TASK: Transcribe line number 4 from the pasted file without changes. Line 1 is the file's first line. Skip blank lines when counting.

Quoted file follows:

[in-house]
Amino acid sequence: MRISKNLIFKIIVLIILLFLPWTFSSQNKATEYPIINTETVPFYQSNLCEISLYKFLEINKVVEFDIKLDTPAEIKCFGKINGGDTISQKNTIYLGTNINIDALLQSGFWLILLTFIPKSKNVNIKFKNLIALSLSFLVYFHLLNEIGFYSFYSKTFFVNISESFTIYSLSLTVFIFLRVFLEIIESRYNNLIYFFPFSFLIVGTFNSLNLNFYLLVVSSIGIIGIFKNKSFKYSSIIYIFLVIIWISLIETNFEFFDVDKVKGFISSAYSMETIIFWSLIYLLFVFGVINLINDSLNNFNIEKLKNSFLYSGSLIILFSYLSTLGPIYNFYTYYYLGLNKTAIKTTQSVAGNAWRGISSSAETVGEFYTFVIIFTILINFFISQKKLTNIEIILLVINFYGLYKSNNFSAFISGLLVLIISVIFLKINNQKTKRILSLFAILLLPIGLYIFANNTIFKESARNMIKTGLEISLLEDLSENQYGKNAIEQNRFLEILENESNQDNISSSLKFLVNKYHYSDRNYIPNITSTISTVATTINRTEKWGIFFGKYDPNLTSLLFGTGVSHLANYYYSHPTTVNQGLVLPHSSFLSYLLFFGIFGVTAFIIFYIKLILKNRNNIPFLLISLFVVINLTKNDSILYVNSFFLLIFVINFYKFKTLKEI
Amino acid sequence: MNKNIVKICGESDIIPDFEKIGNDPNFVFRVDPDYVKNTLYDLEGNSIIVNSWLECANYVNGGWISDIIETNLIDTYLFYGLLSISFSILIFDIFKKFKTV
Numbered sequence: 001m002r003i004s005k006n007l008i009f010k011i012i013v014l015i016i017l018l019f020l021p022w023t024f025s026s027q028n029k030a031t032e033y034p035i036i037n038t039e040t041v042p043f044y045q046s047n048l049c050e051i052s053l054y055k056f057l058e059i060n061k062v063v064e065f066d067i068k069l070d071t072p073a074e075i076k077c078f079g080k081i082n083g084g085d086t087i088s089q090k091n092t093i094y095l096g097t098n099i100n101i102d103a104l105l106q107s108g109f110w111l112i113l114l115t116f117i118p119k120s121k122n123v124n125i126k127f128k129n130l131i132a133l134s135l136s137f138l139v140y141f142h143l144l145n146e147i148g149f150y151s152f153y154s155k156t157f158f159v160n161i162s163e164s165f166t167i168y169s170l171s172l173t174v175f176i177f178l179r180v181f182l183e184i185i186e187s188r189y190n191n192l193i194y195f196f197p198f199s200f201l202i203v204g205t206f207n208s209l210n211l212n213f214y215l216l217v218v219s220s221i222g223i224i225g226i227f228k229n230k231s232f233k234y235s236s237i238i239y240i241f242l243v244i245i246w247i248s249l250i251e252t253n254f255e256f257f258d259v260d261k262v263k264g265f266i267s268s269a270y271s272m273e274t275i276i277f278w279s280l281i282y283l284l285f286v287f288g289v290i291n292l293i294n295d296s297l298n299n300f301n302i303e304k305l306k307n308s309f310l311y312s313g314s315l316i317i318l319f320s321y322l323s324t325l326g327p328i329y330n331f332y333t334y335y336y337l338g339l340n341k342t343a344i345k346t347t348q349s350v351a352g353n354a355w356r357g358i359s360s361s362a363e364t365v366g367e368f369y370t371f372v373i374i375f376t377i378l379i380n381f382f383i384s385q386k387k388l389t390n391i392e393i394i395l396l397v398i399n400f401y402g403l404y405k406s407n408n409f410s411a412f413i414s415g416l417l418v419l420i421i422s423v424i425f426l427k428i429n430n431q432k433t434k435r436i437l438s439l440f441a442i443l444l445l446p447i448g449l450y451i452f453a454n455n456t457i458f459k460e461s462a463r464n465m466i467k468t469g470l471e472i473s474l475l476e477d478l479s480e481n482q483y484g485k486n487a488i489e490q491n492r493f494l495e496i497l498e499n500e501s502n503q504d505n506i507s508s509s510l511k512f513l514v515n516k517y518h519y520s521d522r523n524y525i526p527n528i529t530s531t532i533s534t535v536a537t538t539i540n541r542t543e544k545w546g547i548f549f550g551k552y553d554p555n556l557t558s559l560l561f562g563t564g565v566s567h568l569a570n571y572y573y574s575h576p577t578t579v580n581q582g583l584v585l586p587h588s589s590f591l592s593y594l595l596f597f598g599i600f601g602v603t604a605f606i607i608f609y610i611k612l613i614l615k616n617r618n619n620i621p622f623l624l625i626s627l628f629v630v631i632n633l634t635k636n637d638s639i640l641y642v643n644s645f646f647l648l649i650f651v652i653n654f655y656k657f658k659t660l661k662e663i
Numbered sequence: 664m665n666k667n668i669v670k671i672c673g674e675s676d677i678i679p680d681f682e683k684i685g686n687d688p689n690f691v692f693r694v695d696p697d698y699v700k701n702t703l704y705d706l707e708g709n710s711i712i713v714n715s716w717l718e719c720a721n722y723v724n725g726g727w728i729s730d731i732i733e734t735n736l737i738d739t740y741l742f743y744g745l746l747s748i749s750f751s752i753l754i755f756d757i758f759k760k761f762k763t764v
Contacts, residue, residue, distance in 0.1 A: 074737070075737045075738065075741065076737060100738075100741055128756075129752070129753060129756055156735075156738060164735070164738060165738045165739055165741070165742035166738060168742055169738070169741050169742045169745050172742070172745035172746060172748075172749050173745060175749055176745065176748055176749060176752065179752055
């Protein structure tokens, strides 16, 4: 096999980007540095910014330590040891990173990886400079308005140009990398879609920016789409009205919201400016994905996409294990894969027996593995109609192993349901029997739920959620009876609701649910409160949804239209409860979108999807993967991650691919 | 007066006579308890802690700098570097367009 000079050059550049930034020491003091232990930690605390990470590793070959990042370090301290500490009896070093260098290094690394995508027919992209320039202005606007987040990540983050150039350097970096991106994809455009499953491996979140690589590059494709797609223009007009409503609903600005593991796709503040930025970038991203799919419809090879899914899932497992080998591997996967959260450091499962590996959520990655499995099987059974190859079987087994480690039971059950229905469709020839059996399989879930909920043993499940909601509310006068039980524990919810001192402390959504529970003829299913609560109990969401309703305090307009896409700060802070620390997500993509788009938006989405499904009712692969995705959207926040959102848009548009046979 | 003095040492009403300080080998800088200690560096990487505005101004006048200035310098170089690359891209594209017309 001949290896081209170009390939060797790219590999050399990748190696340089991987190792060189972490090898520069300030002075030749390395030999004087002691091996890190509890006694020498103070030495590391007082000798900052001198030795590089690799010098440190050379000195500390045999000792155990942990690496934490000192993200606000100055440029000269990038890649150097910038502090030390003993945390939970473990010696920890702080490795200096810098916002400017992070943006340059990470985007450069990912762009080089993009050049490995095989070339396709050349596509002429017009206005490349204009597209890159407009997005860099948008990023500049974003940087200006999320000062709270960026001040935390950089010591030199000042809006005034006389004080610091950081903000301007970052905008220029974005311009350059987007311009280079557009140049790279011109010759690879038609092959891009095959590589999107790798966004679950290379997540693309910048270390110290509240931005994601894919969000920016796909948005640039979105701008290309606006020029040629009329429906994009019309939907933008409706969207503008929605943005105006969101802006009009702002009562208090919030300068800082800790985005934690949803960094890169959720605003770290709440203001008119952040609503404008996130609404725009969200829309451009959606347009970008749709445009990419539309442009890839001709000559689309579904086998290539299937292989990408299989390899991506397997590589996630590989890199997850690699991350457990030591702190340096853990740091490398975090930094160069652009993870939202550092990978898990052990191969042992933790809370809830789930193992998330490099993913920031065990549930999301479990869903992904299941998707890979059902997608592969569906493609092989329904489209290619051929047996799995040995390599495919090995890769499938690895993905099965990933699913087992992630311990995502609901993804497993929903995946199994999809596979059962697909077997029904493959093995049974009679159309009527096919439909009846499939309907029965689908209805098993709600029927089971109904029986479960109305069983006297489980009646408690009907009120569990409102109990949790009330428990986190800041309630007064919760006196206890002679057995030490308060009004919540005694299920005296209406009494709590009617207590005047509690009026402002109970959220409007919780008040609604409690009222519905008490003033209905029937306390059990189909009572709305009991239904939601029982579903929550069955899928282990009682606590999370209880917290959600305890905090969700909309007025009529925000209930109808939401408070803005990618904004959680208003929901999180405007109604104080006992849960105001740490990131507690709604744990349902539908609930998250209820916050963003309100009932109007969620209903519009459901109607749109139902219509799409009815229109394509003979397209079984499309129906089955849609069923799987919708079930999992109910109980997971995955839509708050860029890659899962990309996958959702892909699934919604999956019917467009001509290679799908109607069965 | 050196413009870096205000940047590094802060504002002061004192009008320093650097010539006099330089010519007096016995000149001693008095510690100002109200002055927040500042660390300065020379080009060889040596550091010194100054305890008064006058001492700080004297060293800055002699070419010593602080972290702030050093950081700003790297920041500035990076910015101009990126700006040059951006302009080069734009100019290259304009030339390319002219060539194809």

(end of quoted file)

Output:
Numbered sequence: 001m002r003i004s005k006n007l008i009f010k011i012i013v014l015i016i017l018l019f020l021p022w023t024f025s026s027q028n029k030a031t032e033y034p035i036i037n038t039e040t041v042p043f044y045q046s047n048l049c050e051i052s053l054y055k056f057l058e059i060n061k062v063v064e065f066d067i068k069l070d071t072p073a074e075i076k077c078f079g080k081i082n083g084g085d086t087i088s089q090k091n092t093i094y095l096g097t098n099i100n101i102d103a104l105l106q107s108g109f110w111l112i113l114l115t116f117i118p119k120s121k122n123v124n125i126k127f128k129n130l131i132a133l134s135l136s137f138l139v140y141f142h143l144l145n146e147i148g149f150y151s152f153y154s155k156t157f158f159v160n161i162s163e164s165f166t167i168y169s170l171s172l173t174v175f176i177f178l179r180v181f182l183e184i185i186e187s188r189y190n191n192l193i194y195f196f197p198f199s200f201l202i203v204g205t206f207n208s209l210n211l212n213f214y215l216l217v218v219s220s221i222g223i224i225g226i227f228k229n230k231s232f233k234y235s236s237i238i239y240i241f242l243v244i245i246w247i248s249l250i251e252t253n254f255e256f257f258d259v260d261k262v263k264g265f266i267s268s269a270y271s272m273e274t275i276i277f278w279s280l281i282y283l284l285f286v287f288g289v290i291n292l293i294n295d296s297l298n299n300f301n302i303e304k305l306k307n308s309f310l311y312s313g314s315l316i317i318l319f320s321y322l323s324t325l326g327p328i329y330n331f332y333t334y335y336y337l338g339l340n341k342t343a344i345k346t347t348q349s350v351a352g353n354a355w356r357g358i359s360s361s362a363e364t365v366g367e368f369y370t371f372v373i374i375f376t377i378l379i380n381f382f383i384s385q386k387k388l389t390n391i392e393i394i395l396l397v398i399n400f401y402g403l404y405k406s407n408n409f410s411a412f413i414s415g416l417l418v419l420i421i422s423v424i425f426l427k428i429n430n431q432k433t434k435r436i437l438s439l440f441a442i443l444l445l446p447i448g449l450y451i452f453a454n455n456t457i458f459k460e461s462a463r464n465m466i467k468t469g470l471e472i473s474l475l476e477d478l479s480e481n482q483y484g485k486n487a488i489e490q491n492r493f494l495e496i497l498e499n500e501s502n503q504d505n506i507s508s509s510l511k512f513l514v515n516k517y518h519y520s521d522r523n524y525i526p527n528i529t530s531t532i533s534t535v536a537t538t539i540n541r542t543e544k545w546g547i548f549f550g551k552y553d554p555n556l557t558s559l560l561f562g563t564g565v566s567h568l569a570n571y572y573y574s575h576p577t578t579v580n581q582g583l584v585l586p587h588s589s590f591l592s593y594l595l596f597f598g599i600f601g602v603t604a605f606i607i608f609y610i611k612l613i614l615k616n617r618n619n620i621p622f623l624l625i626s627l628f629v630v631i632n633l634t635k636n637d638s639i640l641y642v643n644s645f646f647l648l649i650f651v652i653n654f655y656k657f658k659t660l661k662e663i